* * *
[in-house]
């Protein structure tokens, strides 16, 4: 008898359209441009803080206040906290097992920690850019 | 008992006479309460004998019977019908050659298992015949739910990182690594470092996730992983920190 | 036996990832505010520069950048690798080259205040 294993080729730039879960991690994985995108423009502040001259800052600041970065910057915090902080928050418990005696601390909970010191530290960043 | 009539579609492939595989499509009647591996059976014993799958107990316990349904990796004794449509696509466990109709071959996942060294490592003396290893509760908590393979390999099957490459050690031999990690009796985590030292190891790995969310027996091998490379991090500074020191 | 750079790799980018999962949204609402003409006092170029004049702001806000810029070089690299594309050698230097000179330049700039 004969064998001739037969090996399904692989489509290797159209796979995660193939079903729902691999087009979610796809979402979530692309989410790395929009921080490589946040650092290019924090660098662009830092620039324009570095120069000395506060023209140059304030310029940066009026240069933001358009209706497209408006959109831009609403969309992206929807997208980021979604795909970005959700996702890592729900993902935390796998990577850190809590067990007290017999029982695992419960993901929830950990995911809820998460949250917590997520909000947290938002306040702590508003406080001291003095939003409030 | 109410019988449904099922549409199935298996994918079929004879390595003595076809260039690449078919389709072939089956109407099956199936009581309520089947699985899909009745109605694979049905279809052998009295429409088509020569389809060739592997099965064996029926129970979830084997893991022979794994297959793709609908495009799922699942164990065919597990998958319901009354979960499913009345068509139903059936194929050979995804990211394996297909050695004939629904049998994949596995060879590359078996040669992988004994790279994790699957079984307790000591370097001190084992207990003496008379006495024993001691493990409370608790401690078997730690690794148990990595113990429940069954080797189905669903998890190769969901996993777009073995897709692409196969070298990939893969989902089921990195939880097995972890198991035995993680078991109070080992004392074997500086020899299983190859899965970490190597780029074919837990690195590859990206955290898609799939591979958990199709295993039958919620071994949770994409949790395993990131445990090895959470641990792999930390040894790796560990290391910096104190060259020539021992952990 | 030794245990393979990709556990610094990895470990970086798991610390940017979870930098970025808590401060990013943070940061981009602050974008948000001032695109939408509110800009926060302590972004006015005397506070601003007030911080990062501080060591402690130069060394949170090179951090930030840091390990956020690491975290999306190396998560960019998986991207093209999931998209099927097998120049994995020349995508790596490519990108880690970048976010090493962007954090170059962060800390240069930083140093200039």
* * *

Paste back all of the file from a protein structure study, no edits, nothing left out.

[in-house]
């Protein structure tokens, strides 16, 4: 008898359209441009803080206040906290097992920690850019 | 008992006479309460004998019977019908050659298992015949739910990182690594470092996730992983920190 | 036996990832505010520069950048690798080259205040 294993080729730039879960991690994985995108423009502040001259800052600041970065910057915090902080928050418990005696601390909970010191530290960043 | 009539579609492939595989499509009647591996059976014993799958107990316990349904990796004794449509696509466990109709071959996942060294490592003396290893509760908590393979390999099957490459050690031999990690009796985590030292190891790995969310027996091998490379991090500074020191 | 750079790799980018999962949204609402003409006092170029004049702001806000810029070089690299594309050698230097000179330049700039 004969064998001739037969090996399904692989489509290797159209796979995660193939079903729902691999087009979610796809979402979530692309989410790395929009921080490589946040650092290019924090660098662009830092620039324009570095120069000395506060023209140059304030310029940066009026240069933001358009209706497209408006959109831009609403969309992206929807997208980021979604795909970005959700996702890592729900993902935390796998990577850190809590067990007290017999029982695992419960993901929830950990995911809820998460949250917590997520909000947290938002306040702590508003406080001291003095939003409030 | 109410019988449904099922549409199935298996994918079929004879390595003595076809260039690449078919389709072939089956109407099956199936009581309520089947699985899909009745109605694979049905279809052998009295429409088509020569389809060739592997099965064996029926129970979830084997893991022979794994297959793709609908495009799922699942164990065919597990998958319901009354979960499913009345068509139903059936194929050979995804990211394996297909050695004939629904049998994949596995060879590359078996040669992988004994790279994790699957079984307790000591370097001190084992207990003496008379006495024993001691493990409370608790401690078997730690690794148990990595113990429940069954080797189905669903998890190769969901996993777009073995897709692409196969070298990939893969989902089921990195939880097995972890198991035995993680078991109070080992004392074997500086020899299983190859899965970490190597780029074919837990690195590859990206955290898609799939591979958990199709295993039958919620071994949770994409949790395993990131445990090895959470641990792999930390040894790796560990290391910096104190060259020539021992952990 | 030794245990393979990709556990610094990895470990970086798991610390940017979870930098970025808590401060990013943070940061981009602050974008948000001032695109939408509110800009926060302590972004006015005397506070601003007030911080990062501080060591402690130069060394949170090179951090930030840091390990956020690491975290999306190396998560960019998986991207093209999931998209099927097998120049994995020349995508790596490519990108880690970048976010090493962007954090170059962060800390240069930083140093200039």